What’s the Prisoner’s Diary?

A picture diary of the Pacific War, 70 years ago

At the age of 32, Shinichi Komatsu left his wife and two boys behind and was sent as a civilian alcohol technical officer to the Philippines war fields. At that time, the signs of defeat for Japan were apparent. For two years Shinichi repeatedly faced death and when Japan lost the war he become a prisoner of war. He recorded his experiences in 10 different camps located on Negros, Leyte and Luzon Islands.
The generic name for the colorfully illustrated document titled Ryojin Nikki means Prisoner’s Diary. It is divided into 3 sections that describe his experiences over three years, from when he went to war until he returned home.

-First Section: The Drifting Coconut, July, 1943~March 1945
Going to the war fields after receiving orders/ risking his life as he island hops/ life under the bombs

-Second Section: Wandering around in the Jungle, April 1945~September 1946
 Escaping death in the mountainous jungle

-Third Section: Ryojin Nikki (Prisoner’s Diary), September 1945~December 1946
 Life as a prisoner of war and returning home

nikki3

The room where Shinichi wrote the Prisoner’s Diary

“I didn’t have any paint, so the medical offices gave me some medicine, which I used for color. Atebrin for yellow, Mercurochrome for red, and so on.

I used a board from a desk for a palette, I used the stem of a match for a brush, which I covered with absorbent cotton. The paintings came out all right.”

memo

The memo written by Shinichi while escaping from the U.S. Army in Jungle
These had been the bases of The Prisoner’s Dairy.

Chain of Miracles
Despite having narrowly escaped death many times, and in a circumstance when to write anything would seem out of the question, he left numerous memos that were later used to write his memoirs. Everybody else who endured the same experience was struggling to just survive, so it is a miracle that these records remain.
For many reasons, this diary could have been confiscated in the midst of the confusion during the trip back home. However, the 11 books, which consisted of the diary, a sketchbook, and a notepad, were hidden in an urn, and secretly brought back to Japan.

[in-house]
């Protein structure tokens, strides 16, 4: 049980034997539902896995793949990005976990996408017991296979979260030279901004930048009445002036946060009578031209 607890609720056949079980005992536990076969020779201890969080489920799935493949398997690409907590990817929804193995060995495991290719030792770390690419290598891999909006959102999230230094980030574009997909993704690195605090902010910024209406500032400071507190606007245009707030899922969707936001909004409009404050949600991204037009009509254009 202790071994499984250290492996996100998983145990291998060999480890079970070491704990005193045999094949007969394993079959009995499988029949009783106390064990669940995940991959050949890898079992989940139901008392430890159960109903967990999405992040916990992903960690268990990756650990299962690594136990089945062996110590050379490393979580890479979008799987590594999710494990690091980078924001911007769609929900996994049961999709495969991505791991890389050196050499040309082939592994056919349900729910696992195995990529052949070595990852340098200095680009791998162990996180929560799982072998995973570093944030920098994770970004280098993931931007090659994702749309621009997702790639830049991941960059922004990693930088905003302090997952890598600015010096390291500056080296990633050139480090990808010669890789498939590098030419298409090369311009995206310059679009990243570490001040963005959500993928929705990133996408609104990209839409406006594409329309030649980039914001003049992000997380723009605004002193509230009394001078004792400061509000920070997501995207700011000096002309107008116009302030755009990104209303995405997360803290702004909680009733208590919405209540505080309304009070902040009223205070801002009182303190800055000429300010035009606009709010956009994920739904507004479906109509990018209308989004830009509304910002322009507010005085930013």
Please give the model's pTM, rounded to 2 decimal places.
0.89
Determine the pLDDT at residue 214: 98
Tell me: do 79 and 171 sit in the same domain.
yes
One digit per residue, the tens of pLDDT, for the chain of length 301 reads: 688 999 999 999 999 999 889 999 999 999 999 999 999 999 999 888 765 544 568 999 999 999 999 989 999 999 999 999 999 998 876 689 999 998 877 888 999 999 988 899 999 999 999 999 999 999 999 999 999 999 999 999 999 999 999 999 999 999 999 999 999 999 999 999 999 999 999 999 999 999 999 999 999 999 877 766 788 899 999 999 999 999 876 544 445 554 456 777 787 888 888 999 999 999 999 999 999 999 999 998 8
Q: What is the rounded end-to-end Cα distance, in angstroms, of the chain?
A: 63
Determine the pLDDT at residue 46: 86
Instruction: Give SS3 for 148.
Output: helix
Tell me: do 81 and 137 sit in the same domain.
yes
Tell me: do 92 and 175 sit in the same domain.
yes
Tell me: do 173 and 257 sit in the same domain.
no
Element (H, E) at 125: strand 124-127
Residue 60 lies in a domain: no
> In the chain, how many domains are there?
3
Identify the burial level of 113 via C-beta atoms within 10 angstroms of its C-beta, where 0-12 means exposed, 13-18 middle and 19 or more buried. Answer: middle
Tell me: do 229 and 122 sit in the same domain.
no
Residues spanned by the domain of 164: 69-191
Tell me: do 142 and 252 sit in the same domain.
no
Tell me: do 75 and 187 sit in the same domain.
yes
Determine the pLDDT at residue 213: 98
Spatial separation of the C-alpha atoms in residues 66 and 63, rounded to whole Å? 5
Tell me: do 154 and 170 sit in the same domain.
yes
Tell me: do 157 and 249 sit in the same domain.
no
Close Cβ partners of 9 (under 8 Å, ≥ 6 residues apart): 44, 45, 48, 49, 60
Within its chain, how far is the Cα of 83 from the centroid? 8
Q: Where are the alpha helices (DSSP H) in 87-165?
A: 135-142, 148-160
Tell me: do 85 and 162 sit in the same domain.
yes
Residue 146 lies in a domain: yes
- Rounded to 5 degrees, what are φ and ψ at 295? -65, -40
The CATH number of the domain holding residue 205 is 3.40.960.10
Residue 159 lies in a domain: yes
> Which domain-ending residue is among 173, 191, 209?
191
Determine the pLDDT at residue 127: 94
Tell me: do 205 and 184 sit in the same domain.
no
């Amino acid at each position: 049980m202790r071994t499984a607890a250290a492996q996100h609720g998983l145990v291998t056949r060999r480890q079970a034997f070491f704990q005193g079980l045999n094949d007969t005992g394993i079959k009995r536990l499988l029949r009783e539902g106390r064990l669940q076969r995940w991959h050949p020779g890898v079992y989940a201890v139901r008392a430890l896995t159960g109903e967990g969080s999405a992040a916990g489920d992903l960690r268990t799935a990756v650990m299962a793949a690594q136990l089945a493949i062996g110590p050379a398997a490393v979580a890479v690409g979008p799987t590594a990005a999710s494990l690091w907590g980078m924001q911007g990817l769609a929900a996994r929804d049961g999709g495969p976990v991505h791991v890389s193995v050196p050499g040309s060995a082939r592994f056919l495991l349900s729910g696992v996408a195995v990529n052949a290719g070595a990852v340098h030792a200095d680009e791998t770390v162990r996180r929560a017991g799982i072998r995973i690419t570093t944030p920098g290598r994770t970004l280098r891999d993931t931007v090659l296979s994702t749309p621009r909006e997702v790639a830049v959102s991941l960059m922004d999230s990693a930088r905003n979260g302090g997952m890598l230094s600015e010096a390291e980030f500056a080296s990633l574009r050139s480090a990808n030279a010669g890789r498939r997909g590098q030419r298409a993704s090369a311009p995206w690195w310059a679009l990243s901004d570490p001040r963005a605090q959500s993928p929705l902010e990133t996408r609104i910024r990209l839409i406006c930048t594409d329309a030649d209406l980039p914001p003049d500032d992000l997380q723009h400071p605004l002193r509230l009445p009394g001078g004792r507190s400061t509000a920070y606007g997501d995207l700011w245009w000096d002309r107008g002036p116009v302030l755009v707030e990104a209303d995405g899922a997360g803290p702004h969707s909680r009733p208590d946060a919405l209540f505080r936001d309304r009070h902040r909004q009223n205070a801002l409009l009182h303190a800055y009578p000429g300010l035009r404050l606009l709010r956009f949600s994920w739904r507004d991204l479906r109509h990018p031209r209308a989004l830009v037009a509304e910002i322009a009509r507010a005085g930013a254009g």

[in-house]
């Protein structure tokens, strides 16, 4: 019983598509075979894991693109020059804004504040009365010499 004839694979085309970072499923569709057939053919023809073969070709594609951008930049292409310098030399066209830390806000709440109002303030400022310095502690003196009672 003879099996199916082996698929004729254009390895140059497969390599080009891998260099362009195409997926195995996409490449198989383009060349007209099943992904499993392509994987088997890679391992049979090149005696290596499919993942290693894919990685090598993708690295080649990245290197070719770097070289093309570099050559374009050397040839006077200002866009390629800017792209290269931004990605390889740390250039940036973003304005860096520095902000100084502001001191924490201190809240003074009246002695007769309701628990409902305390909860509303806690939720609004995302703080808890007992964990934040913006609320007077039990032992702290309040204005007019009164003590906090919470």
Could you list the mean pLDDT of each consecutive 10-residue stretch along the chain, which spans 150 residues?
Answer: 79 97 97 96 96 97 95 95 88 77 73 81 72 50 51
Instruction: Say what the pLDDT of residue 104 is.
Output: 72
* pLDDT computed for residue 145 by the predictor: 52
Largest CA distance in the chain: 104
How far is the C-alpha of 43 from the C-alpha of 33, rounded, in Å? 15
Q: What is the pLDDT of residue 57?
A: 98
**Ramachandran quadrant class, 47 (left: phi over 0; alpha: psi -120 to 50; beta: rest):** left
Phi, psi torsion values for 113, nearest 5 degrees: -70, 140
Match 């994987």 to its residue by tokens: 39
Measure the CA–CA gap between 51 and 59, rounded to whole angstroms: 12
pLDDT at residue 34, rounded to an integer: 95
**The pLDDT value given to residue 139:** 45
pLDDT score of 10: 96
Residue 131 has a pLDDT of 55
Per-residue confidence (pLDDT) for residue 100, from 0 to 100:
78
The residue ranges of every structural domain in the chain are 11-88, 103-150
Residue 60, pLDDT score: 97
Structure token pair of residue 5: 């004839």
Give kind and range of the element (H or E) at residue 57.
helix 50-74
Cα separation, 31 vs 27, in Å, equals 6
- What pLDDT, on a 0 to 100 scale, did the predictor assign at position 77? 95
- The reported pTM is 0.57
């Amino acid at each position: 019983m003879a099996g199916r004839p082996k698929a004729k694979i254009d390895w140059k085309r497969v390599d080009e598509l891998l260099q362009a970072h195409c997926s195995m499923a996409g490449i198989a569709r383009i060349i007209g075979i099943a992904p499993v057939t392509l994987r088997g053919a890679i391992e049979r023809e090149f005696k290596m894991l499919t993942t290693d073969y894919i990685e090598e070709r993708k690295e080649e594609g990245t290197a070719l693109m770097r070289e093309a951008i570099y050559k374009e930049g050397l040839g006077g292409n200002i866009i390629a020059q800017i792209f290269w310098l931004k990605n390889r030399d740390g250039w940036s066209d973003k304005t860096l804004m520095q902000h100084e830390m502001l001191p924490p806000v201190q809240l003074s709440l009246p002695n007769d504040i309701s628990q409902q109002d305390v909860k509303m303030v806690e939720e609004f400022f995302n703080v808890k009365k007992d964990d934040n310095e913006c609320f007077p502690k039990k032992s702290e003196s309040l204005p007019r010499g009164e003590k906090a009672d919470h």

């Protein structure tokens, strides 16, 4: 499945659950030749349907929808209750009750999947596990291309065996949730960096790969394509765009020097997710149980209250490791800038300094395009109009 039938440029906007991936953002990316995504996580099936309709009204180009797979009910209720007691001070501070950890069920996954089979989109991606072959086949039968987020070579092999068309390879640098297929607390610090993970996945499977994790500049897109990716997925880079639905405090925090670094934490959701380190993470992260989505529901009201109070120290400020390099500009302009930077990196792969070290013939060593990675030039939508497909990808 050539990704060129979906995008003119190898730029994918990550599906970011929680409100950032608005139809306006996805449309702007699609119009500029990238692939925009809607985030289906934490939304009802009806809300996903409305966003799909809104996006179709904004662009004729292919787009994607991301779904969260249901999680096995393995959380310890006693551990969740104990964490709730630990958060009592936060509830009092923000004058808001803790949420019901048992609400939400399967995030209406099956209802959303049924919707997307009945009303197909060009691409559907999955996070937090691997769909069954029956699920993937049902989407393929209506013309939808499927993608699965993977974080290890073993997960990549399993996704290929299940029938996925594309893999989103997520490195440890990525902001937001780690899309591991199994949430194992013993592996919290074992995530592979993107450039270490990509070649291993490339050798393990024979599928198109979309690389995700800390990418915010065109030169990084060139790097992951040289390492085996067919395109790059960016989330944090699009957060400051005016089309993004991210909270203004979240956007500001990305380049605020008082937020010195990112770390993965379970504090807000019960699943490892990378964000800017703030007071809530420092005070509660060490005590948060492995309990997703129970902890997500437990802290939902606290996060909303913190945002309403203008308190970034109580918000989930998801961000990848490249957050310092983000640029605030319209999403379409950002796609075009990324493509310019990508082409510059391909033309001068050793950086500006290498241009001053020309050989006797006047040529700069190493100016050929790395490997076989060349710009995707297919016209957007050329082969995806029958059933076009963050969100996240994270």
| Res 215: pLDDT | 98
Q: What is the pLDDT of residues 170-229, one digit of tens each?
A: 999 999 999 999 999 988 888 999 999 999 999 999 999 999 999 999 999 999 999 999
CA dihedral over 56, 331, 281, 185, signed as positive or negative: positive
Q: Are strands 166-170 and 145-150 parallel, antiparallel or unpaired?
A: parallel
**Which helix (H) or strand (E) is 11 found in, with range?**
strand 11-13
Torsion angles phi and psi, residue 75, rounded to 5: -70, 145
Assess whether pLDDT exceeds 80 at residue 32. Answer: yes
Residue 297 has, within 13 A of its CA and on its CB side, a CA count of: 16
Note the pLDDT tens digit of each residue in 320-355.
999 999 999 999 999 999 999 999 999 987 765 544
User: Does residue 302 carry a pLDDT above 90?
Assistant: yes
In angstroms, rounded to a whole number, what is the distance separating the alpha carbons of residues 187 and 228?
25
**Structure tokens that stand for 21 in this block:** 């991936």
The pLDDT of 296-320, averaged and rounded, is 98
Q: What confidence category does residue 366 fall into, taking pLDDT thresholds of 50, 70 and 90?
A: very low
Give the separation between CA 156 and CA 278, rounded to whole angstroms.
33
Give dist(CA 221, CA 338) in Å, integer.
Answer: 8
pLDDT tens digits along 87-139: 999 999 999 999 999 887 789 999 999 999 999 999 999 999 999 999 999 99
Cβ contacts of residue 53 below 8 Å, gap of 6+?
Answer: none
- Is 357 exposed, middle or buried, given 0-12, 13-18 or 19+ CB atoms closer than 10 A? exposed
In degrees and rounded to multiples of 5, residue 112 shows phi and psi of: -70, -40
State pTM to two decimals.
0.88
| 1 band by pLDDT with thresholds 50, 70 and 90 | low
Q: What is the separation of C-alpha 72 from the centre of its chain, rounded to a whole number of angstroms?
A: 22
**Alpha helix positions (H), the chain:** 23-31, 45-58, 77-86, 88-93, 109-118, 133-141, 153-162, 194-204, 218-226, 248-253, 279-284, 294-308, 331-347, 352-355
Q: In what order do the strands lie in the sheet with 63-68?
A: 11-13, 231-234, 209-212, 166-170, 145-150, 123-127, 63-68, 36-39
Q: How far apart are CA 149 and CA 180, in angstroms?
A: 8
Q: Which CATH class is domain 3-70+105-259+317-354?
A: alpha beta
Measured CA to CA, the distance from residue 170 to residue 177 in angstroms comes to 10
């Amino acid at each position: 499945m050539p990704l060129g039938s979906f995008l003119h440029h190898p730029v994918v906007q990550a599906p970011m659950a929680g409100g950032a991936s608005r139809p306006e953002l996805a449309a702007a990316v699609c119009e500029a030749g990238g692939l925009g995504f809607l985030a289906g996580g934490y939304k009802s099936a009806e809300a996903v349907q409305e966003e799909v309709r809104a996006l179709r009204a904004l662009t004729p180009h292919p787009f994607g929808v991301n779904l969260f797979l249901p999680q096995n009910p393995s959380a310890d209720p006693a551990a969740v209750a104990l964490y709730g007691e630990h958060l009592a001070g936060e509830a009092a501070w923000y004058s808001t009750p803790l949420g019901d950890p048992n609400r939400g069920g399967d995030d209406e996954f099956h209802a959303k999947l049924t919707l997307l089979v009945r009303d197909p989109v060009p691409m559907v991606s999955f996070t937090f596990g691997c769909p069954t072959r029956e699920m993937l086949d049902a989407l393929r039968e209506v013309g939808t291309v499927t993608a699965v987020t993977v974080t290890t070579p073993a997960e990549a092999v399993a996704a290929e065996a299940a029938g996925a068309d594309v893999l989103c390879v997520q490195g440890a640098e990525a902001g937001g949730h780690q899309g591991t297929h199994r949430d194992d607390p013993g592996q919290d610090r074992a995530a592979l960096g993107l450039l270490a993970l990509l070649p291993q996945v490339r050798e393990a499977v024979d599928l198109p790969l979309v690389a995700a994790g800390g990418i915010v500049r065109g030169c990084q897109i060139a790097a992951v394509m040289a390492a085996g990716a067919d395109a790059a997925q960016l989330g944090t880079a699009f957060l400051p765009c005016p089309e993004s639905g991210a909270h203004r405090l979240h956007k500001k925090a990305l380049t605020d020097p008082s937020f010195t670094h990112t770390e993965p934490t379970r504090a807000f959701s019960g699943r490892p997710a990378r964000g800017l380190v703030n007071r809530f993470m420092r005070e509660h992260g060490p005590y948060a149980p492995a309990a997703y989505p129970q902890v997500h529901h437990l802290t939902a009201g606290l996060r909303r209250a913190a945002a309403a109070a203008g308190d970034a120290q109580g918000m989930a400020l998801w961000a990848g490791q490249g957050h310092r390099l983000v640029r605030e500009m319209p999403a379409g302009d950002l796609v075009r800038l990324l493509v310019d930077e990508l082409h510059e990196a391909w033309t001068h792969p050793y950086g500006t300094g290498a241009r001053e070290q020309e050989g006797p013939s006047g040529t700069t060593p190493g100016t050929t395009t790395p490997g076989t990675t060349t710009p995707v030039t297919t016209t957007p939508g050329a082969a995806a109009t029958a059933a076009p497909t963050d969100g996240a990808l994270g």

While these records were shown to family and close friends, they were not made public, and for a long time, were preserved without any modification in a safe deposit box at a bank.

”Ryojin Nikki” continues to be read

In January 1973, Shinichi died of a stroke at the age of 61. The next year, the deceased’s family edited the Ryojin Nikki and published it as a privately printed book. The following year the book was sold by Chikuma Publishing and in 1975 won The Mainichi Publishing Culture Award. It received high praises as a literary work as well.
Author Shichihei Yamamoto (*Note.1), who wrote Why dose Japan Lose – 21 Reasons for Defeat (*Note.2), emphasized the historical value that Ryojin Nikki holds in the postscript of Chikuma Publishing’s version. When Japan lost the war, the military intentionally burned all material related to the battlefield, so hardly any records remain.
Mr. Yamamoto

“Why Dose Japan Lose – 21 reasons for defeat”
By Shichihei Yamamoto, interpreting for “Ryojin Nikki”


Additionally, because these diaries were written down on-site, they were never amended or changed afterwards as the times changed and remain until today in their original state.
After the original private publication, Ryojin Nikki was re-published as a paperback and continues to be read to this day.
3 types

Private edition (above), Published in 1974

Chikuma edition (Left), First edition in 1975

Chikuma Scholastic Bunko, First edition in 2004

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Received The Mainichi Publishing Culture Aware (1975)

(*Note.1)
The first book written by commentator Shichihei Yamamoto (1921~1991), “The Japanese and Jews,” published in 1970, sold 3,000,000 copies and became a best seller. The way he critically analyzed Japanese culture and society became known as the “Yamamoto-gaku,” and the works he has authored since then have all been a study of Japanese culture and a fundamental read, enjoyed by many. He writes the postscript for the “Prisoner’s Diary.”

(*Note.2)
”Why Does Japan Lose – 21 reasons for defeat (Kadokawa Book Store)”
Mr. Yamamoto was an artillery second lieutenant, fighting on Luzon Island when he was captured. Based upon his experiences in the war, he wrote many pieces critiquing Japanese culture and society. Since encountering the privately published “Prisoner’s Diary” in 1975, his observations became increasingly evolved. As an individual who actually lived “Prisoner’s Diary,” he wrote numerous books and critiques. Especially in “Why Does Japan Lose,” he argues that the reason Japan lost the war can be traced back to the same problems that Japanese culture and society still hold today. These problems are fully explained, individually, in “21 Reasons for Defeat,” which Shinichi summarized, and has become the explanatory manual for the “Prisoner’s Diary.”